NEW YORK — Saquon Barkley seemingly is vaccinated for COVID-19, because he watched Tuesday’s Giants minicamp practice from the cafeteria and interacted with colleagues with no mask on.
Unvaccinated players are required to wear masks in team facilities. Vaccinated players no longer have to. Unvaccinated players also can’t eat in the cafeteria.
For every star like Barkley who has seemingly gotten the shot, however, there are plenty of NFL players league-wide who have not received the vaccine yet, and who may decide not to get it at all.
Washington coach Ron Rivera said this week his player roster is “slowly” approaching a 50% vaccination rate. Giants coach Joe Judge, who got vaccinated himself, would not share any of his player numbers at all.
NFLPA executive director DeMaurice Smith, asked about the league-wide player vaccination rate, said: “We don’t have all the information yet.”
Ex-Jets quarterback Sam Darnold said he isn’t vaccinated and that he’s “still got to think about all those certain things that go into it.
“It’s everyone’s choice whether they want to get vaccinated or not,” the Panthers QB said.
Washington edge Montez Sweat said he’s “not a fan” of the vaccine.
“I probably won’t get vaccinated until I get more facts and that stuff,” Sweat said. “I haven’t caught COVID yet, so I don’t see me treating COVID until I actually get COVID.”
Giants corner James Bradberry, who missed a loss to Cleveland last December because of a close contact, said: “I’m still trying to get all the information on the vaccinations and stuff so I can make a decision.”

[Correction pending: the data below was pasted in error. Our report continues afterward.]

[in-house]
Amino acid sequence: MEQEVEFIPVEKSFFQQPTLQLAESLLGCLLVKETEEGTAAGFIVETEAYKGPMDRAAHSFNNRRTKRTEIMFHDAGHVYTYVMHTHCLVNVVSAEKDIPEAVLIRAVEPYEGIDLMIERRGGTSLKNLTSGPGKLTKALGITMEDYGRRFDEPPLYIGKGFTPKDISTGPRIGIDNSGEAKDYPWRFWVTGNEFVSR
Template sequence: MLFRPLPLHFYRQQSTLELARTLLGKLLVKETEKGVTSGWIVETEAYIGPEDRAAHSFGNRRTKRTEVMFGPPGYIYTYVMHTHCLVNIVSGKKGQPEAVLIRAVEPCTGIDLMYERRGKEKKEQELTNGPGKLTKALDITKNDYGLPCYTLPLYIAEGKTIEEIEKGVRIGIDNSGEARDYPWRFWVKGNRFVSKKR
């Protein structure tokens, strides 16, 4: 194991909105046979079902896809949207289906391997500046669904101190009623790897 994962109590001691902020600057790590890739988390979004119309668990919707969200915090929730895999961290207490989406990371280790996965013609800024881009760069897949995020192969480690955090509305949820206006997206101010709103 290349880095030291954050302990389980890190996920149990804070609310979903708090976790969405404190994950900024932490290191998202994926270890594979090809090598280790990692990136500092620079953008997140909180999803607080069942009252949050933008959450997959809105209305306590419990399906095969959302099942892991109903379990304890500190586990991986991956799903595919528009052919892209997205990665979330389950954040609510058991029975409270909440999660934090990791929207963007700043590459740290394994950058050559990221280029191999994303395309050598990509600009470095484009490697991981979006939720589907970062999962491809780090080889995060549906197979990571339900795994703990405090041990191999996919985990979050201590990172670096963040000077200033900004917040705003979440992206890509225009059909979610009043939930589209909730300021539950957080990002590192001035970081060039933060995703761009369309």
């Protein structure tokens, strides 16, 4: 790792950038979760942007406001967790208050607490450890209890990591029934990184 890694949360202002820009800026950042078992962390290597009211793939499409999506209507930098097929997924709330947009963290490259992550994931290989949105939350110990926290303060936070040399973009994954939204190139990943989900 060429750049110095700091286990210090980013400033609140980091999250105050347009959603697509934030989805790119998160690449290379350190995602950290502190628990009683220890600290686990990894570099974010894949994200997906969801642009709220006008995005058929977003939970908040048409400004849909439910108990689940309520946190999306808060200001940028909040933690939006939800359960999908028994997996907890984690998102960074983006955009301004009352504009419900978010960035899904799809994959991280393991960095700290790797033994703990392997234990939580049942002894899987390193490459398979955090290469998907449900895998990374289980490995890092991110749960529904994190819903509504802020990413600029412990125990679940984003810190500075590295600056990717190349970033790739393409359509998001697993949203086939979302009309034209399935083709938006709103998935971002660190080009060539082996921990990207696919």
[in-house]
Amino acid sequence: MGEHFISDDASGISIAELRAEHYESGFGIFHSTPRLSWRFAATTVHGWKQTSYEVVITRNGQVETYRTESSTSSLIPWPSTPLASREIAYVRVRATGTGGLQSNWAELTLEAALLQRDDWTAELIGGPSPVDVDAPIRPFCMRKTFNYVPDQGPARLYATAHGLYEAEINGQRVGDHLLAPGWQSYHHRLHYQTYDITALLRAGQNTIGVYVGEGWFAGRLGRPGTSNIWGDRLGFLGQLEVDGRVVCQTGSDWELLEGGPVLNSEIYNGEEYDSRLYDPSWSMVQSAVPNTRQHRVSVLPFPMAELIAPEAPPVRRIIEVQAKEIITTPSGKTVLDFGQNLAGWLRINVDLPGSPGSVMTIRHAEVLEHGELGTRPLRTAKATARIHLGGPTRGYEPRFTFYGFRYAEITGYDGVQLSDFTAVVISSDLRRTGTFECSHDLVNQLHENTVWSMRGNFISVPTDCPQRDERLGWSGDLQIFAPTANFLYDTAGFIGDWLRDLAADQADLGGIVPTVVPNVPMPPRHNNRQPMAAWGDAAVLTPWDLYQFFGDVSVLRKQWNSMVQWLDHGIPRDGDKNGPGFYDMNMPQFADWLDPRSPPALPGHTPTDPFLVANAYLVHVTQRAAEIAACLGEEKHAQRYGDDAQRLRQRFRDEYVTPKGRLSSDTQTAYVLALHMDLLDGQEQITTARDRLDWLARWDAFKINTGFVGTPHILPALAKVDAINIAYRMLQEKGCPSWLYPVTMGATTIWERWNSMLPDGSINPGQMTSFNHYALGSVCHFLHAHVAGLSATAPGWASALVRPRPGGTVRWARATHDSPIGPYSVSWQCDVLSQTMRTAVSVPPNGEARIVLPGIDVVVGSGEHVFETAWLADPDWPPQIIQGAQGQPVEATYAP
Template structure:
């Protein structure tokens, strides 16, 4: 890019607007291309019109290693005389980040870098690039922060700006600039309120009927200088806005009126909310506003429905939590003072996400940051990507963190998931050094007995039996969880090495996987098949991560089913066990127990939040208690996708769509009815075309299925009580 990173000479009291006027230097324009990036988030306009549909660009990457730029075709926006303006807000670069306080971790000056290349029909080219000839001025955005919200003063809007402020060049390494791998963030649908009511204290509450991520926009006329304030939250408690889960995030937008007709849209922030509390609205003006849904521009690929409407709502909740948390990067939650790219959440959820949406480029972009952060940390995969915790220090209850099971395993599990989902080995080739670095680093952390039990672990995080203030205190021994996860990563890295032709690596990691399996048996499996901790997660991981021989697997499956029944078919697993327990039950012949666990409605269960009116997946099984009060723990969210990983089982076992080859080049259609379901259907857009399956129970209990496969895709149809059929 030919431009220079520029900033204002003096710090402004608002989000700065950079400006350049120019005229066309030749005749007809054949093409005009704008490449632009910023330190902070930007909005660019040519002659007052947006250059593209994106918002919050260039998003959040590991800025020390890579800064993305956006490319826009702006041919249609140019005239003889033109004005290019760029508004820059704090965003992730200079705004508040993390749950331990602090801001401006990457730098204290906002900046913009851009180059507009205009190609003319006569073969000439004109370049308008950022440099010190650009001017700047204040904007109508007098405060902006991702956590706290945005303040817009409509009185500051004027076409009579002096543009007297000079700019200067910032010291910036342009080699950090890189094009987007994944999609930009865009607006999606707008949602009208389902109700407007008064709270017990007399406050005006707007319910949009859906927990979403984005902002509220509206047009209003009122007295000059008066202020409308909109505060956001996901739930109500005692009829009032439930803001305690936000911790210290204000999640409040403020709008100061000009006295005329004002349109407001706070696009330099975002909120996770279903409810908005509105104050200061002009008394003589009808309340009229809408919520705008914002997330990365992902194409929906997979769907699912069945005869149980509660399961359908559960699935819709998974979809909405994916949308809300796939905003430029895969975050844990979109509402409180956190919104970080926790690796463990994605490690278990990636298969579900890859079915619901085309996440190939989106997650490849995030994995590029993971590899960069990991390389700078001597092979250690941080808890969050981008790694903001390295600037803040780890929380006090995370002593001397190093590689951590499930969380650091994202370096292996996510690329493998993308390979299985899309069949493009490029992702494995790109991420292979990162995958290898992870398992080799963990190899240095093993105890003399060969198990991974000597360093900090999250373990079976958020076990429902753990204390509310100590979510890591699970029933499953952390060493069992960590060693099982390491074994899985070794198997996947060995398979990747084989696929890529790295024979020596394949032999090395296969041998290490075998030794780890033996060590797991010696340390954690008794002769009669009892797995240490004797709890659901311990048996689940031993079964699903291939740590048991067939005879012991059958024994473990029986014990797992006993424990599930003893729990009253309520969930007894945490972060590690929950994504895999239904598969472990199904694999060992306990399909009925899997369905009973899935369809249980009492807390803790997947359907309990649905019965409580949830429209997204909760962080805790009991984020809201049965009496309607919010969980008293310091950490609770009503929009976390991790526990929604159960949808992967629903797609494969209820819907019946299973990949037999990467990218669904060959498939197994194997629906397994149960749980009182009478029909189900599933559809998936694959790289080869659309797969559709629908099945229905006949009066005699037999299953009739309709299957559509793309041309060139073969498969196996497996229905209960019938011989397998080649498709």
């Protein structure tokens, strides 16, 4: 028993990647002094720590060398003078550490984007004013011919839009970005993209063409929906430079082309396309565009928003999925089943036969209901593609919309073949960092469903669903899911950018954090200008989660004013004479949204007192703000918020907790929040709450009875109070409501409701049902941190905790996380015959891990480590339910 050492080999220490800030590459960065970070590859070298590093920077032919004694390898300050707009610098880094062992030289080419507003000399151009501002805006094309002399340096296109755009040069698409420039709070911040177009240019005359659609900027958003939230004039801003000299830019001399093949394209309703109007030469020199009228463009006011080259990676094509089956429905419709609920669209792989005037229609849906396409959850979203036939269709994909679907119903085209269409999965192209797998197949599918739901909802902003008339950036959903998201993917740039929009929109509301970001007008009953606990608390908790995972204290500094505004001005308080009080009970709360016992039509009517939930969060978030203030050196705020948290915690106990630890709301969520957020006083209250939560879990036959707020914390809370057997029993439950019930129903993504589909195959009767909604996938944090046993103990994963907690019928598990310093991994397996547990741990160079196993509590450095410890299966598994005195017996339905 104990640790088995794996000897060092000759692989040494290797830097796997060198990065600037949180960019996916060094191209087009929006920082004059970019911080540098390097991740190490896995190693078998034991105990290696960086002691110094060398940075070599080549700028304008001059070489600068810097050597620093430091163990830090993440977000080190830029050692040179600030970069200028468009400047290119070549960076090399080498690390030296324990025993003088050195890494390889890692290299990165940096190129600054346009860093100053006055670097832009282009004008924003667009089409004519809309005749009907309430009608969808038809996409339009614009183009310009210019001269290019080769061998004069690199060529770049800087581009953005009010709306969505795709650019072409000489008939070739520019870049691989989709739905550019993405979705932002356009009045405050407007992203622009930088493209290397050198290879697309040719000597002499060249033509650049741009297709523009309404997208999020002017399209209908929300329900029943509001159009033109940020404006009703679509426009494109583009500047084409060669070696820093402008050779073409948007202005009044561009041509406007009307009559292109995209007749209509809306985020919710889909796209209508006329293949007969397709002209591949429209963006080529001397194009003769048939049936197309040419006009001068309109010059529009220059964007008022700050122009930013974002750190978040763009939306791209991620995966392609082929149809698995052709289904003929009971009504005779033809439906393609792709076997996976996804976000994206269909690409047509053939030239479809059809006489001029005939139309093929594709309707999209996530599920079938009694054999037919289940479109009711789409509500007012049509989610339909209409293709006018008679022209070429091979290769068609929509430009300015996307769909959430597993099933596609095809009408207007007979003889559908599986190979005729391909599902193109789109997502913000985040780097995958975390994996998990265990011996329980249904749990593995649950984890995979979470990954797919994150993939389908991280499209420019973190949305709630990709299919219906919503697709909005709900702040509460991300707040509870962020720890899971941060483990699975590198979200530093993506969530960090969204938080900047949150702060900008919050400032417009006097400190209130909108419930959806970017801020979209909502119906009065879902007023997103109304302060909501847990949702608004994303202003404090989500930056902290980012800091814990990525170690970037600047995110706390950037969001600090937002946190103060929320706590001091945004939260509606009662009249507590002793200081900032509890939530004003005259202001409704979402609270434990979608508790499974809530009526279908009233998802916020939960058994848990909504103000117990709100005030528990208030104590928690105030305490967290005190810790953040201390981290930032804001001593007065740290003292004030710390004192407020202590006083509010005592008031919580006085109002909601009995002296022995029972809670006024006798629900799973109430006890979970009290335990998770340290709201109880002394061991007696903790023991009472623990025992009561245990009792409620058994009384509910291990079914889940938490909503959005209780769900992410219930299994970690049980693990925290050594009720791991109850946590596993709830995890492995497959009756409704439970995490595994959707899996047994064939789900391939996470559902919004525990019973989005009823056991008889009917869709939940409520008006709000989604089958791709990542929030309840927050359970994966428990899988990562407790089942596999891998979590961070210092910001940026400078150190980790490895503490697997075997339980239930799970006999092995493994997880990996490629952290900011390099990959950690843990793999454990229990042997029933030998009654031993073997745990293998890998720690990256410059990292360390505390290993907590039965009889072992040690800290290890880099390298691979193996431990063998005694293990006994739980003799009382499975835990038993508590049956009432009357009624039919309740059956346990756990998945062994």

And Giants safety Logan Ryan said: “I don’t know what … the safety measures will be” this season with unvaccinated players in the mix, but he isn’t worried because “last year we literally played games without, like, a coaching staff.”
Here’s the reality in this 2021 NFL season: Vaccinated players will get their pre-pandemic freedoms back and unvaccinated players will not.
There will be restrictions on their travel and facility use. They will have to continue to be tested for COVID-19 daily. They’ll have to stay in town during breaks. And most importantly, they still could miss games due to exposure to a high-risk close contact.
A vaccinated player will not have to quarantine at all if exposed to a person positive for COVID-19. An unvaccinated player will have to sit out at least five days.
So teams with large numbers of unvaccinated players will have more to manage and also will face greater risk of losing players on game days.
That seemed to be Bills coach Sean McDermott’s concern in May as he worried about reaching a needed threshold with QB Josh Allen and WR Cole Beasley pushing back against the vaccine.
The NFL and NFL Players’ Association are both encouraging players to get the vaccine, but it is not mandated. The league and union are continuing to negotiate the parameters of other evolving protocols.
Multiple reports have said the sides could agree to an 85% threshold of vaccinated players that could loosen some protocols in buildings throughout. But even then, unvaccinated players still would have to wear masks and get daily tests.
Some head coaches, therefore, are being proactive.
Reigning Super Bowl champion Bruce Arians, asked recently if he’d brought in any specialists to talk to the players, said: “I’m the specialist. If you want to go back to normal, get vaccinated. … It’s still a personal choice, but I don’t see a reason not to be vaccinated.”
Rivera actually had immunologist Kizzmekia Corbett speak to his players and provide information on Tuesday to clarify the subject and quell fears, and yet a day later, Sweat said he needed more facts.